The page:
Some odds and sods for the fourth last Thursday before baseball games that count begin:
Scores are not that meaningful at this point in Spring Training but the summaries sometimes are. One item in the newspaper , here in Texas this morning, caught my eye. In summing up a Jays loss to the Phils, it notes “Toronto ace Marco Estrada made his second start and pitched three shutout innings.”
Did you see it? The thing that jumped out at me was the use of the world “Ace” to describe Estrada. I imagine #6 , The Disgruntled One, might be jumping up and down and looking for the reporter to give him a piece of his mind and set the record straight about who the “Ace” is. But the thing of it is- I tend to agree. Partly it’s a gut feeling, partly a numbers thing, but I think I have more confidence in Estrada on the mound than I do in Marcus Stroman. Not to mention JA Happ or Aaron Sanchez.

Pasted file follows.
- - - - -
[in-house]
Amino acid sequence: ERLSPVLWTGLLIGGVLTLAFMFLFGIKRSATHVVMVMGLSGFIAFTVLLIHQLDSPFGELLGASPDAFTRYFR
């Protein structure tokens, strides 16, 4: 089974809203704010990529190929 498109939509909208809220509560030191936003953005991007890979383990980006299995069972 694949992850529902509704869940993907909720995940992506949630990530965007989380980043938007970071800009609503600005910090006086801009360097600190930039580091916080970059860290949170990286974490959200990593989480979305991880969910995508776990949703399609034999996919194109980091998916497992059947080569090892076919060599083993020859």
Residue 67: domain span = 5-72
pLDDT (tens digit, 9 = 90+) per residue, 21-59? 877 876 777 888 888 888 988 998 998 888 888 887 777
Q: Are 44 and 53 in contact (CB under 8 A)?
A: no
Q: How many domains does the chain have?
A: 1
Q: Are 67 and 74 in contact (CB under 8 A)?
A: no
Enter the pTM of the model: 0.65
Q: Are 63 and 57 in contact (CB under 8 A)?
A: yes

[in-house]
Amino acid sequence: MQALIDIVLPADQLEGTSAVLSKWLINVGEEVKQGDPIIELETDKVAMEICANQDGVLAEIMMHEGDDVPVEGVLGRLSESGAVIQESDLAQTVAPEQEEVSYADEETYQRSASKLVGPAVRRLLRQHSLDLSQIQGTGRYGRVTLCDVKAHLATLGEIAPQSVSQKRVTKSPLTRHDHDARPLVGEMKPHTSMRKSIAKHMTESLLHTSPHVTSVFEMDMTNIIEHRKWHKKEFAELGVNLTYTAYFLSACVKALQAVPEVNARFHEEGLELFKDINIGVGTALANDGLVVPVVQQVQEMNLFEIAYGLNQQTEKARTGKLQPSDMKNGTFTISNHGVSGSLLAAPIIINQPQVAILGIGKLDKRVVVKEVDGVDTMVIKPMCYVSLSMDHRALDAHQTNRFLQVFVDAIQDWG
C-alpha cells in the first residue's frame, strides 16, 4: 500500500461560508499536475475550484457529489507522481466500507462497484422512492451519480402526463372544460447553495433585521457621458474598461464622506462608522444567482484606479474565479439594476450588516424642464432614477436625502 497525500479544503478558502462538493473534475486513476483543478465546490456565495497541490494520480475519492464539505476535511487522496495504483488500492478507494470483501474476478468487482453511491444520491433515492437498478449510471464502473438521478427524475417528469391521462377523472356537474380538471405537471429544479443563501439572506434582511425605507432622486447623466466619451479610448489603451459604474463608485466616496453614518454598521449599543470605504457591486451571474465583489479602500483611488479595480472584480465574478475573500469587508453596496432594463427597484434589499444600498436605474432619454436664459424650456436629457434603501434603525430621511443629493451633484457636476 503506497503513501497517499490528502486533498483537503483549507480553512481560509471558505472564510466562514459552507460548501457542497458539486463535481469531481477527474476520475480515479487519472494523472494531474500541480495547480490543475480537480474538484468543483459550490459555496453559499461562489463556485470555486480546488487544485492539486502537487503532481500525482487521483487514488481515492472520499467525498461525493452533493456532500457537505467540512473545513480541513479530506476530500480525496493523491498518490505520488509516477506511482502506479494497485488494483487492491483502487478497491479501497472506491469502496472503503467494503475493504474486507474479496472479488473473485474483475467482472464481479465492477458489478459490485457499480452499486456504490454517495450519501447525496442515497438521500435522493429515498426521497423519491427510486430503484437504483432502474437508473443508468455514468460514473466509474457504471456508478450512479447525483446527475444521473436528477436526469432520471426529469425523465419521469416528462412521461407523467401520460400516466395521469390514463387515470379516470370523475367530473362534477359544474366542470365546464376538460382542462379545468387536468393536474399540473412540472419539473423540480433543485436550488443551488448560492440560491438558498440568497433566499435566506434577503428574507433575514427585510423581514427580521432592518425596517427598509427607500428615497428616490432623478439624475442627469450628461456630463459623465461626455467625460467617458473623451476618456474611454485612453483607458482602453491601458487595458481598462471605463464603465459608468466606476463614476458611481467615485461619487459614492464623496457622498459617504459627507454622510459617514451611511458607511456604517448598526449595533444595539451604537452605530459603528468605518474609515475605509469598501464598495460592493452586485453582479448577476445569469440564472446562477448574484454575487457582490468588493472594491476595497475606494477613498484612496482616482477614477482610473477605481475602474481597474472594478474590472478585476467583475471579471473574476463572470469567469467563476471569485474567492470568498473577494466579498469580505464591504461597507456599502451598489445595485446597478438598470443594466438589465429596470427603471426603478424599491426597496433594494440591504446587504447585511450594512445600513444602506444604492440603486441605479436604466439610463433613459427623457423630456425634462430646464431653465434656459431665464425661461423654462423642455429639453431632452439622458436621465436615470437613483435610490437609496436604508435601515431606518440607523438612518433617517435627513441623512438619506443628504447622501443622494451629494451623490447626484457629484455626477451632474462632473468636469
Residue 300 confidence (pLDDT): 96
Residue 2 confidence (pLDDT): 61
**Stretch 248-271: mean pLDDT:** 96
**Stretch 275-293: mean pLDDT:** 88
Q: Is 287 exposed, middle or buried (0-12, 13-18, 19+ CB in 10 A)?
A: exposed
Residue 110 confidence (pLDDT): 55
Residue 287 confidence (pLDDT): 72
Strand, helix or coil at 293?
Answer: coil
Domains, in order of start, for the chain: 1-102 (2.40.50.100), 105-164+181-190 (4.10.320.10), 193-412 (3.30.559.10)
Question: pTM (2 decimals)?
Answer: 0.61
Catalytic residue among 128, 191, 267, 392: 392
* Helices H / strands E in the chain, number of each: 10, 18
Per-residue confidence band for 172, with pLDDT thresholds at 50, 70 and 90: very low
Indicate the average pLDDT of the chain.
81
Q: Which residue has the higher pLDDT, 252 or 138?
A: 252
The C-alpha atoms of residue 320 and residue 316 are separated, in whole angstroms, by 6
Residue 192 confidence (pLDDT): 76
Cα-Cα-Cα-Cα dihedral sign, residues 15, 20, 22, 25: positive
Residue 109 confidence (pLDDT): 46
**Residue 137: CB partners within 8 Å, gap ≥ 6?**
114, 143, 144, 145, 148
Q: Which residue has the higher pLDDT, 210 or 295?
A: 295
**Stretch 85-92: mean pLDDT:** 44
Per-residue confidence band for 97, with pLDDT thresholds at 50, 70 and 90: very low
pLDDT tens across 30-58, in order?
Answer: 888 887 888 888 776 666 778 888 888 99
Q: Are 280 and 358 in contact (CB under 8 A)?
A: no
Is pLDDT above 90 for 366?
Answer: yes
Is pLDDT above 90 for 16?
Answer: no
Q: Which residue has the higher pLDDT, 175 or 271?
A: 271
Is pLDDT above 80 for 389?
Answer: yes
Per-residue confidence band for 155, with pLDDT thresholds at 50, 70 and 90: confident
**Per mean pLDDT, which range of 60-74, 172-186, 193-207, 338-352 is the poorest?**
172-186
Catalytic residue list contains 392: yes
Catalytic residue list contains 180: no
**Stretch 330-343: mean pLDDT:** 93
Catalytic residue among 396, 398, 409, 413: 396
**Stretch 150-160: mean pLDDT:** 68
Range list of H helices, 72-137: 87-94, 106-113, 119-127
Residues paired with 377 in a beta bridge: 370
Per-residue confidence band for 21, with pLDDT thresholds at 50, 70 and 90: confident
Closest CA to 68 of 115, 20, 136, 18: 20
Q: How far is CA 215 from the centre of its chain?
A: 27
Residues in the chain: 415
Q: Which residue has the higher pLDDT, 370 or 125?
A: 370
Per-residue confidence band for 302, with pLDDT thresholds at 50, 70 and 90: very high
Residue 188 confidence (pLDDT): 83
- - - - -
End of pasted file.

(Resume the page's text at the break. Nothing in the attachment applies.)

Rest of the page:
Estrada kind of flies below the radar but it’s hard to find fault with his work since arriving in Toronto three years ago. Over 2015-16, he was one of the toughest pitchers to hit in the majors, limiting opponents to a .203 average (and a rather measly .636 OPS). While his 90mph fastball is average, his curve and the similar, drooping changeup befuddle the best of them. Although he only posted a 21-17 record for those two campaigns, his ERA was stellar (3.30) over the 357 innings he logged.
Now, you’re likely thinking “Yeah- but last year. His numbers weren’t great in ’17. But he finished strong and explains his bad stretch mid-season as due to insomnia and anxiety. Throw out the sleepless, bad June and July and you get a guy who was 10-4 with an ERA of 3.85 over 22 starts, 17 of them “quality.” Not bad at all. And through the good and bad months, he ended up with 186 innings logged and 176 strikeouts- career highs.